I don't care if it counts. I am way too excited not to share this with you.
After owning the house for 2 years, we have finally made the front door functional.
AKA there is actually working hardware on it! WHAT?!
As a reminder: The Before
|When we bought the house|
|Before we bought the house|
|After installing a porch light in December of last year.|
|Before we bought the house.|
|When we bought the house.|
For those of you who are not Canadian, we have a holiday Monday in May called Victoria Day. We generally refer to it as May 2-4. History Lesson: We do NOT call it May 2-4 because of a case of beer as someone recently tried to tell me. The truth is that May 24th was Queen Victoria's birthday. And Victoria Day always falls on the Monday on or before the 24th. I am actually appalled that anyone would think it had anything to do with a case of beer... uncultured swine...
I took that week off of work with the initial intention of working on rebuilding our shed.
That plan fell through, though now I cannot remember our rationale...
Either way, I didn't want to waste the time off work and got down to business on the front door!
If you remember, for our anniversary in 2016 we purchased an antique doorbell. I had been waiting patiently since that day for the opportunity to install it in the front door.
This was that day!
I marked out the location of where I wanted it (in between the windows) and meticulously measured out the center. Then it came time to drill through the door.
Of course this could have been done prettier, but honestly, once installed the doorbell should never be removed again. I was more concerned that the doorbell would be able to function correctly.
After some testing, I was satisfied that the lever would be able to move enough that the bell would work.
I then turned my attention to the finish on the front door. Someone else had previously stripped the paint so all I needed to do was sand it down and make it smooth.
Then wood conditioner:
Already, the richness of the wood was beginning to make the house look better.
The imperfections in the door were starting to show more too. Surprisingly, I was okay with this.
If there is one thing working on this house has taught me, it's to fall in love with original features and their imperfections. To Jake, this door required further sanding and maybe even paint instead of stain. To me, this door showed her age and therefore her beauty.
It was at this point that I took a little break from working on the door and instead opted to work on the transom window while I waited the required 30 minutes after applying the wood conditioner.
Back when I bought the vinyl decal for the mailbox (yes... 2 years ago), I also purchased a new number with the intention of replacing the hand-painted one on the transom window.
|Image taken from inside the house.|
Ultimately we will need to replace the transom because there is a large crack in it that is currently being held together with packing tape... Seen in the above image.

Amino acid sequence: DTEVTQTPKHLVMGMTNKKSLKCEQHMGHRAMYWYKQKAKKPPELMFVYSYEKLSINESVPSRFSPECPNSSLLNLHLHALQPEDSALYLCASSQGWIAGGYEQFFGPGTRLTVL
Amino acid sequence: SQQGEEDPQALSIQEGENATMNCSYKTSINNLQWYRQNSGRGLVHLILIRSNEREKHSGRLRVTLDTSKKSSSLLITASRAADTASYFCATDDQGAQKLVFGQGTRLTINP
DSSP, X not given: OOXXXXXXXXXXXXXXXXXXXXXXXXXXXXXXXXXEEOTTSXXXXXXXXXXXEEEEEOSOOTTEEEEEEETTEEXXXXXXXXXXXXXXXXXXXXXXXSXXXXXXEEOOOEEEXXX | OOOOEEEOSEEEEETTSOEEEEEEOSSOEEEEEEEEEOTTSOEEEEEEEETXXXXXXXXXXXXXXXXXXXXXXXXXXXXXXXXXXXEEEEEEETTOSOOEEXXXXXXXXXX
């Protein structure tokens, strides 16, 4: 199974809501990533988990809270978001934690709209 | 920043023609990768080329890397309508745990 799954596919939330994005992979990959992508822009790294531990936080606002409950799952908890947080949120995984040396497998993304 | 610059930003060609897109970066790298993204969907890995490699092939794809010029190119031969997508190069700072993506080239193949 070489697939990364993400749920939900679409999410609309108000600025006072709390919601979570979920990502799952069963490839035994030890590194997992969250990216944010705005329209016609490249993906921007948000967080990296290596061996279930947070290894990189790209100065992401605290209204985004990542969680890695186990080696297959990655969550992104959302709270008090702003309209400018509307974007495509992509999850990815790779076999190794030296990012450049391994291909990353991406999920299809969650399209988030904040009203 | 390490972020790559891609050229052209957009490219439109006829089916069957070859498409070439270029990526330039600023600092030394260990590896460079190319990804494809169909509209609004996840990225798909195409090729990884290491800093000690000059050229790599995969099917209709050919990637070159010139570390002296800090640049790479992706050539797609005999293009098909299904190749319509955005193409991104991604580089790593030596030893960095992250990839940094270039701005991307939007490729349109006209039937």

Anyway, I've had this decal sitting in a box in the basement since buying it. It was time to brush the dust off and get it installed!
I used regular old nail polish remover to get rid of the paint and then gave the window its first cleaning since belonging to us. I was in awe how amazing it looked just being CLEAN! (which then sent me on a window cleaning rampage throughout the interior of the house).
Just focus on the window... not on the chipping paint everywhere else.... please.... please?
I followed the same process as with the mailbox to install the vinyl decal and because I knew what I was doing this time around, it went really smoothly (and quickly!)
Looking at that image, I clearly used packing tape... which is weird because I don't know where the heck I got the packing tape from...
And here is the final result of the decal. I'm showing you a lot of images of pretty much the same thing because it makes me happy.
It looks SO elegant. I love it dearly.
BACK TO THE DOOR!
Stain came next. I love putting stain on. It is like paint; instant gratification.
and second coat:
I love the fact that the door and the porch light match now. It's the little things. 😊
Satisfied, I added the clear coat (four coats of exterior grade gloss), scraped the window, and called the front of the door ready for hardware.
The back of the door required more prep work however.
First, I had to remove the remaining hardware, strip it, and paint it black.
Then I filled the cracks and holes in the door, including filling the hardware screw holes.
They had been re-used too many times and couldn't grip the screws anymore. So I filled the holes with a combination of toothpicks and wood glue to make them functional once again.
|I hammered the toothpicks in as far as they would go to ensure I'd get a solid fill.|
|Once completely dry, I used a saw to cut the extensions and sanded it all down.|
The door was also primed.
And finally painted just last week. I put the final coat on before dinner one evening and by the time we had cleaned up after eating, the paint was dry enough for me to start working on the hardware.
We ran into a few hiccups when installing the handle (the faceplate we bought is the wrong size, couldn't find some screws, etc.) but we adjusted and got it all in place and working for now.
We still need to buy new or stain a number of the screws so that they blend in better, but I am BEYOND excited to have a properly functioning and GORGEOUS front door for the first time since owning the house.
I will now leave you with a million "after" pictures of our front door 😁
The hardware makes me so happy.